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National Shrine of Our Lady of the Snows
Belleville, IL

Design Architect: Richard Cummings
Project Architect: Maguolo & Quick
Landscape Architect: Emmet Layton
Date: 1961

It is easily the most Space Age-fabulous building in the region. Seated at the bottom of a hill that forms a natural ampitheater, the main shrine of Our Lady of the Snows is a complex arrangement of curved forms and overlapping, intertwined spaces, a sort of High Googie architectural style.

The Shrine began in 1943 as a small corner  devotional in a chapel at the nearby St. Henry's monastary, home of the Oblate Fathers; it was begun by Father Paul Schulte, who had returned from missionary work in Alaska. Devotions to Mary under the title Our Lady of Snows date back to the early Christian era of Rome. Pilgramage to the Belleville shrine soon grew to the point that a dedicated building was needed; that too was soon outgrown. 80 acres of land were purchased in 1958, and a building campaign began which would span the 1960s and beyond, yielding an inn, a retirement home, a church, and numerous devotional sites and grottos around the grounds.

But the star attraction is the Main Shrine Building, an open-air shrine to Mary. It was designed by Richard Cummings, a 1952 Wash U graduate who designed the structure while working at the St. Louis firm of Maguolo & Quick - presumably under the direction of  principal George J. Maguolo, who had already worked on the New Cathedral, designing the 1939 rectory and the belated sacristy, and overseeing installation of the mosaics during Carinal Ritter's tenure. Maguolo was a World War I vet who served in France, studied architecture at Wash U, and practiced in New York, Detroit and finally St. Louis, where he passed away in 1975. Maguolo and Quick worked on many Modernist Catholic structures in the post-World War II era, scattered across the Midwest.

(A third name associated with the Shrine is that of Cincinnati architect John William Becker, who appears in the listings of the Ravinia Mosaic Company records at Saint Louis University; I have not been able to find more info on his role at Our Lady of the Snows. Becker lived from 1902 to 1974, practiced primarily with the firm Garriott & Becker, retired in 1963, and may be best known as the husband of Marion Rombauer Becker - primary author of The Joy of Cooking. John Becker edited it for 25 years alongside his architectural work.)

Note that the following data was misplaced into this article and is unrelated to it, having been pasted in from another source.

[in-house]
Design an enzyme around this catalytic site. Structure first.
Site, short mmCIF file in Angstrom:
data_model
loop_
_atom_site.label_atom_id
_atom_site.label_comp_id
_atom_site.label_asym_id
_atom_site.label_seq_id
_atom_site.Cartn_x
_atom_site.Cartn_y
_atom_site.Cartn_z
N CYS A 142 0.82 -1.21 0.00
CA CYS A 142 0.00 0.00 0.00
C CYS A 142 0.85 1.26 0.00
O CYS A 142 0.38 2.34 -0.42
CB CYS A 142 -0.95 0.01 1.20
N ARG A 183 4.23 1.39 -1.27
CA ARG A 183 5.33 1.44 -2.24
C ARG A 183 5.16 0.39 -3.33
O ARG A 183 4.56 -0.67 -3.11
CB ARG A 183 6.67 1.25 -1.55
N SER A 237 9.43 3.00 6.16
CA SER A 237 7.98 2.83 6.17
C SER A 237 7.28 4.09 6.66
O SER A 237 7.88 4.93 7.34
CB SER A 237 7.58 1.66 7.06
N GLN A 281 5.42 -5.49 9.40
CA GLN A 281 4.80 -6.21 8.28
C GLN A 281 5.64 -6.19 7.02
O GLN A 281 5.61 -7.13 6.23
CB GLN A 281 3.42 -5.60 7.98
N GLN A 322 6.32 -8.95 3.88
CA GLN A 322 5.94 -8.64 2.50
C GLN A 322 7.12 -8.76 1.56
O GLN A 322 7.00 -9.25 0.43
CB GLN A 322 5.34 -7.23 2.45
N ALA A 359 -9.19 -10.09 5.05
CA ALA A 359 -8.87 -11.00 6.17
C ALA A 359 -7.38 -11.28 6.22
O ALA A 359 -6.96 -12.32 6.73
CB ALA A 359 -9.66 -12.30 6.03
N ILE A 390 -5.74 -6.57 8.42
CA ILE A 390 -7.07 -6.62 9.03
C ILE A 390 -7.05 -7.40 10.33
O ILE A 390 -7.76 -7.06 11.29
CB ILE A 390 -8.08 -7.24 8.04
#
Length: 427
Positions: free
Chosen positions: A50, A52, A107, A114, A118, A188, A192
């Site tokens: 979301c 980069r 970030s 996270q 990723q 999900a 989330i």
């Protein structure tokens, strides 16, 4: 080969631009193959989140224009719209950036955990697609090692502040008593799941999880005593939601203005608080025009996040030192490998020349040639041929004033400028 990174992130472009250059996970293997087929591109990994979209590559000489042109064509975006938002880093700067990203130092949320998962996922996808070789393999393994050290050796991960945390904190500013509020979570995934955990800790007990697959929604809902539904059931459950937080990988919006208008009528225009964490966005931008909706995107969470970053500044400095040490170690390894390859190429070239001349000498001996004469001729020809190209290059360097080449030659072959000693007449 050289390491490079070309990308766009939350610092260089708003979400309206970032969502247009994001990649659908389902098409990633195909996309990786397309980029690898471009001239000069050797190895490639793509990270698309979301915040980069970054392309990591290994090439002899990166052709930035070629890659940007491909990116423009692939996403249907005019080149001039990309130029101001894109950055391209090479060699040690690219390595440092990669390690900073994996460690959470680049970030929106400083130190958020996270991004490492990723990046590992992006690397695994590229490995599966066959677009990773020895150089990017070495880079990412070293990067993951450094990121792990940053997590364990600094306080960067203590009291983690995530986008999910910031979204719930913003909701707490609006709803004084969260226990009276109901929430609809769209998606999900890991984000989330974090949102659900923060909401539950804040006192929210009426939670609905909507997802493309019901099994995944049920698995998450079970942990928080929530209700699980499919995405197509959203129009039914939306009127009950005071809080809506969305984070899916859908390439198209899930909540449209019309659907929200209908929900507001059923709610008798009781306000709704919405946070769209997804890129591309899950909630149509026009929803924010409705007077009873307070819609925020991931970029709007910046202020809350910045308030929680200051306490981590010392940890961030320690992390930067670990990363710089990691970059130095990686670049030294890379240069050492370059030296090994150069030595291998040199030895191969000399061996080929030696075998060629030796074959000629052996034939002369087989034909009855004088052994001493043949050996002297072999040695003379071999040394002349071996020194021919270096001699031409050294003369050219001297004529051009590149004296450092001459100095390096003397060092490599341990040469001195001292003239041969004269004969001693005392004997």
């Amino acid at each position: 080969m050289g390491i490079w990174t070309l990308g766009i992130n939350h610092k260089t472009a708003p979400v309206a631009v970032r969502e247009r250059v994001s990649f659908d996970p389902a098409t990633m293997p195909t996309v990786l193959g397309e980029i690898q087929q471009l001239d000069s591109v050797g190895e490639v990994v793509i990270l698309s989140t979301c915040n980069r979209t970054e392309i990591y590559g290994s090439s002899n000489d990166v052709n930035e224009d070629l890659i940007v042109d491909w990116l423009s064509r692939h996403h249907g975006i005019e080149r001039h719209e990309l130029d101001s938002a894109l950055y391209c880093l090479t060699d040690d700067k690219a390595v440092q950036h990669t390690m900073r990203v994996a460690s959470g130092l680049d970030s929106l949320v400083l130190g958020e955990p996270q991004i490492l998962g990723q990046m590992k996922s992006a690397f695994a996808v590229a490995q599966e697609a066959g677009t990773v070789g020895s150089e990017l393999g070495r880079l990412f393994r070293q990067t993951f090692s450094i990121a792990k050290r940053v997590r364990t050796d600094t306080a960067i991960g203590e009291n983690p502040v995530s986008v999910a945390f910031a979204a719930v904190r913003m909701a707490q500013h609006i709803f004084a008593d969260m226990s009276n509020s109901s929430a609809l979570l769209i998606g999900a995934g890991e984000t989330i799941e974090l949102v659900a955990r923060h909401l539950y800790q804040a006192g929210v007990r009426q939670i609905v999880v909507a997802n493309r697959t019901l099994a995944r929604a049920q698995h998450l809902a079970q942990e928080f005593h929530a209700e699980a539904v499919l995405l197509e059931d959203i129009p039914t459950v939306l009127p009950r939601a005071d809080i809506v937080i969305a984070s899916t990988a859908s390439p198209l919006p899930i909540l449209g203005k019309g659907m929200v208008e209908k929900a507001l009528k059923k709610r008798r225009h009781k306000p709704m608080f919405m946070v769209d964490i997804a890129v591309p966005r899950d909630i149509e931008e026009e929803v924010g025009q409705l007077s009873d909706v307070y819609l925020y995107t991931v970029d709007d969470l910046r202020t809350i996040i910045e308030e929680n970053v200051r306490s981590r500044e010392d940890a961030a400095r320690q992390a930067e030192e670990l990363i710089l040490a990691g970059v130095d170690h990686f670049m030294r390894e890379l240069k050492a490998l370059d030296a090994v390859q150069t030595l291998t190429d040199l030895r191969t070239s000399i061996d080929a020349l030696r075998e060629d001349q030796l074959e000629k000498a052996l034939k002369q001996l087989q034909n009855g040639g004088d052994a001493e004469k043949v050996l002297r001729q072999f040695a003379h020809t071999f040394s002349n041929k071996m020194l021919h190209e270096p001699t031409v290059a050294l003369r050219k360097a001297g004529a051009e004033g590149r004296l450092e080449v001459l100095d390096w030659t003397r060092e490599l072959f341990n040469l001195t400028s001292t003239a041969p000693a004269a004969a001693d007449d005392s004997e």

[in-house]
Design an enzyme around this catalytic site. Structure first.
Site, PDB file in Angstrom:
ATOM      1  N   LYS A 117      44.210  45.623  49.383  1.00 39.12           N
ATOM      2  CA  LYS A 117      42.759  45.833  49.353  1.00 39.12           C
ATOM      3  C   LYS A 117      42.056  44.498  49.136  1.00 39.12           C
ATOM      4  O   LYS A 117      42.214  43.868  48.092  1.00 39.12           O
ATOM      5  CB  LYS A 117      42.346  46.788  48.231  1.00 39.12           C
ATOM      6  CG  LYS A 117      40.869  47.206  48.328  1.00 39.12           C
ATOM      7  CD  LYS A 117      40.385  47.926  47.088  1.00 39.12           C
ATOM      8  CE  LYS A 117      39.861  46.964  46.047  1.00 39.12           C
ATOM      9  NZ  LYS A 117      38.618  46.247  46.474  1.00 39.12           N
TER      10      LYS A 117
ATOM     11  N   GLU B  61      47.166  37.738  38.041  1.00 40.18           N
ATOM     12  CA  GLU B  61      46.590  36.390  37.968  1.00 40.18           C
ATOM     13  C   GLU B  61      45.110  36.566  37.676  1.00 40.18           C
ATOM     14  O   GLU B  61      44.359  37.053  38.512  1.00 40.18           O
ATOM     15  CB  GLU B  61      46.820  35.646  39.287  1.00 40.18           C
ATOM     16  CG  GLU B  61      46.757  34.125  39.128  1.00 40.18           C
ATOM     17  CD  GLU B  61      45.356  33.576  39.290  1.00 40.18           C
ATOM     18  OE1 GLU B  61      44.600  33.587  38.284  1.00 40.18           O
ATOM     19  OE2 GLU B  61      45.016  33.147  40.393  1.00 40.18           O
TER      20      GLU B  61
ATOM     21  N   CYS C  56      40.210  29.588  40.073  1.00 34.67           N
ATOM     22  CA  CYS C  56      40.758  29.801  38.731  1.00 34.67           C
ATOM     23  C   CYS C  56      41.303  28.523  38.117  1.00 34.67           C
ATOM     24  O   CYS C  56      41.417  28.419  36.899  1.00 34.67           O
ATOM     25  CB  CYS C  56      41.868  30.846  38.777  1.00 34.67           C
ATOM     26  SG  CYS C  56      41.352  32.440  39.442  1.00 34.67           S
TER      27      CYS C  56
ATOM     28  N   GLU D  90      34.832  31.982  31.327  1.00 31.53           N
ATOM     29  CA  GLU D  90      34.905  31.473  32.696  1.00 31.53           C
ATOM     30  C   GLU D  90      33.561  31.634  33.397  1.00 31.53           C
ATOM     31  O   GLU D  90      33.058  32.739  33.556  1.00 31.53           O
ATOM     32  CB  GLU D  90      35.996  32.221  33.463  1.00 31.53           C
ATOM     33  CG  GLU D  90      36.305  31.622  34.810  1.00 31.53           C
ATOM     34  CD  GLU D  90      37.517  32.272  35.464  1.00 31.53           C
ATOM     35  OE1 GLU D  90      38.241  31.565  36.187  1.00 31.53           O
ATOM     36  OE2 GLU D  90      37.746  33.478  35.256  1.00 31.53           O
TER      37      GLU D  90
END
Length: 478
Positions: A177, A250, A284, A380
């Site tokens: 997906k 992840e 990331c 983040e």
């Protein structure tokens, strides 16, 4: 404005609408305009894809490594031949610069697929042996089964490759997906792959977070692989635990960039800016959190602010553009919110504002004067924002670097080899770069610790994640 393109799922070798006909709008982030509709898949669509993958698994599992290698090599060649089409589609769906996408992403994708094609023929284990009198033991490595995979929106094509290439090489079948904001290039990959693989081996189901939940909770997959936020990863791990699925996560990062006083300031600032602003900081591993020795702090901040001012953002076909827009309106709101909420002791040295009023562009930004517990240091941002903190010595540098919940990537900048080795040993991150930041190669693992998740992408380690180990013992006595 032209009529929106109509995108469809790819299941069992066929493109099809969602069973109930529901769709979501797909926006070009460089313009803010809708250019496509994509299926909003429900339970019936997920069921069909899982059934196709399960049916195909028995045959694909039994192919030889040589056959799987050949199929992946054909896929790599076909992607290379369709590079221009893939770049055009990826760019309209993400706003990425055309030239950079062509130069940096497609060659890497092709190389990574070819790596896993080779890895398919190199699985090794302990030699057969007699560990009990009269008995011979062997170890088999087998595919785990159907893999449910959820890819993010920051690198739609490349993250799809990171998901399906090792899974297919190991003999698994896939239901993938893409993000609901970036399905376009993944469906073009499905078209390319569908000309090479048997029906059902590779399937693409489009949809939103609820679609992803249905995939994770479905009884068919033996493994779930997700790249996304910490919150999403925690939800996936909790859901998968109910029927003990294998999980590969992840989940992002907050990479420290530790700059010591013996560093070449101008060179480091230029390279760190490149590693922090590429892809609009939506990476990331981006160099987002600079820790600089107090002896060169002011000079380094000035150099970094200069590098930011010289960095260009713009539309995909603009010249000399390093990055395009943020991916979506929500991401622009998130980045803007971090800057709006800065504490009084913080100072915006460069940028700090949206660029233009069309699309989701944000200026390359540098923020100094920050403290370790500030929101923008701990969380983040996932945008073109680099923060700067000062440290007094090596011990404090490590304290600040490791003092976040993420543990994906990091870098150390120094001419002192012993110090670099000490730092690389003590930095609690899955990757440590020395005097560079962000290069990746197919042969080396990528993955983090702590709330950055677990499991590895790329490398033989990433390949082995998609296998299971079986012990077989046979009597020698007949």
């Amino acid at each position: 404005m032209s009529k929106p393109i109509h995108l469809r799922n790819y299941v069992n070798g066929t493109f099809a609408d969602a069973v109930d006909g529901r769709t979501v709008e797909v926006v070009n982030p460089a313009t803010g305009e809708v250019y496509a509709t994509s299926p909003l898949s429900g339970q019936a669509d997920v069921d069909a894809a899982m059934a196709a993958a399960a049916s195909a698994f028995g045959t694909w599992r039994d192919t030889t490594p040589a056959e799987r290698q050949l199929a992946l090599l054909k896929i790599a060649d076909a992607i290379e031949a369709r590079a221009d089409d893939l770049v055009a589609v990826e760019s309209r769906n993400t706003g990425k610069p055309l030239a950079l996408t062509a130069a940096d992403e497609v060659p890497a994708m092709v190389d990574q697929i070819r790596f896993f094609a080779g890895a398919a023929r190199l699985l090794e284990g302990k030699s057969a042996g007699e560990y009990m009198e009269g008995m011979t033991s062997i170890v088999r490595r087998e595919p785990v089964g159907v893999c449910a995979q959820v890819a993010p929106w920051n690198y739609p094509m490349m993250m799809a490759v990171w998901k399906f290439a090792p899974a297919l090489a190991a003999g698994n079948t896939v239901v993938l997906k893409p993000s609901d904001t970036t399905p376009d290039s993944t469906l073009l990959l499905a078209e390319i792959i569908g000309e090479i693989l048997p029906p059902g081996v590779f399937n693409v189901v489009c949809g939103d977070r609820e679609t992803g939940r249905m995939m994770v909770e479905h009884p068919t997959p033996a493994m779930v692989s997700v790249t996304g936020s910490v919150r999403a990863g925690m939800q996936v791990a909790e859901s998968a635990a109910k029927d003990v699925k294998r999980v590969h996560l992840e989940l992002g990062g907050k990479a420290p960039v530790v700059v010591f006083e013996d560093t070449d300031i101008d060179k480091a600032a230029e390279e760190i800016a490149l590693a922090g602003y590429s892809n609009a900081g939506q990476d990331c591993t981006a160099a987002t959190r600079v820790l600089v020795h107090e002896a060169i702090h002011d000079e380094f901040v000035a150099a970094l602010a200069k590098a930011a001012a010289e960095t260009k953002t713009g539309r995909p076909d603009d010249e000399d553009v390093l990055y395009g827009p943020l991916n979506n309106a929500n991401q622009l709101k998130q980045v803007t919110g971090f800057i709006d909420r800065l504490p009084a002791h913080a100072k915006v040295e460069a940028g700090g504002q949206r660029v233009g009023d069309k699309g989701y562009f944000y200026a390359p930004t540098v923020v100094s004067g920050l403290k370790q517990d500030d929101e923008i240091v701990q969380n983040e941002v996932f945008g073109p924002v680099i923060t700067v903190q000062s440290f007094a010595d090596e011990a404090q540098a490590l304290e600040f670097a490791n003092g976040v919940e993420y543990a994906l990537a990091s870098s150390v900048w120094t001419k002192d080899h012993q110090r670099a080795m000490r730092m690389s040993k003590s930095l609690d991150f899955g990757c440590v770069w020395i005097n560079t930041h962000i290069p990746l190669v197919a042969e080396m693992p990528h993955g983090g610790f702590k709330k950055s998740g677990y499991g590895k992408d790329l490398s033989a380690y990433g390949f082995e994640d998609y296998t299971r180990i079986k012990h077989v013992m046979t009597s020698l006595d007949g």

The Main Shrine faces a circle of fixed seating, with an ampitheater built into the hill behind that can accomdate thousands during large events. It was the largest open-air shrine in the world when it opened.

The Main Shrine is elaborately decorated with gold tile, curvacious shapes and a central statue of Mary that is illuminated from above. Capping it off is a surprisingly literal curvacious form, a stylized letter M for the shrine's namesake saint.

Behind the ampitheater stands the Millenium Spire, an 85 foot high totem celebrating the 2000 AD Jubilee.

Around the side, curved concrete paths are accented by stylized metal railings with a late-era Frank Lloyd Wright bent to their design. Two pairs of massive metal doors bear sculpture designed by artist Rodney Winfield, who also designed some elements of the Main Shrine. Winfield's work with Emil Frei stained glass company appears in churches throughout the region.

Inside, the Mary Chapel is a space that almost defies comprehension. The chapel is a half-circle shaped room with the center carved out. A full-height cylinder in the middle is the inside face of Mary's sheltering space on the outside. On either side of the cylinder, two walls of glass separate inside from outside and provide natural lighting from above. The paintings are of the Northern Lights, inspired by Father Schulte's journeys and based on the original painting that began the Shrine.

Lining the outside of the lower level are the Rosary Courts.

Directly below the Mary Chapel is the Christ the King chapel, a darker, lower and wider space. The entrance is marked by a wall of random tiled blue stained glass.

In the back - or the front, depending on how you first approach the building - two magnificent angels greet visitors. They bear the hallmarks of the Emil Frei studio styles, and indeed, Frei artist Rodney Winfield designed the mosaics and, presumably, the Ave Maria angels as well.

As mentioned above, the ground are dotted with a variety of other structures. Shown here are the Church, the hotel, the Millenium Spire, and one of the grottos.

  • Rome of the West pays a visit, with fine photos of the mosaic art
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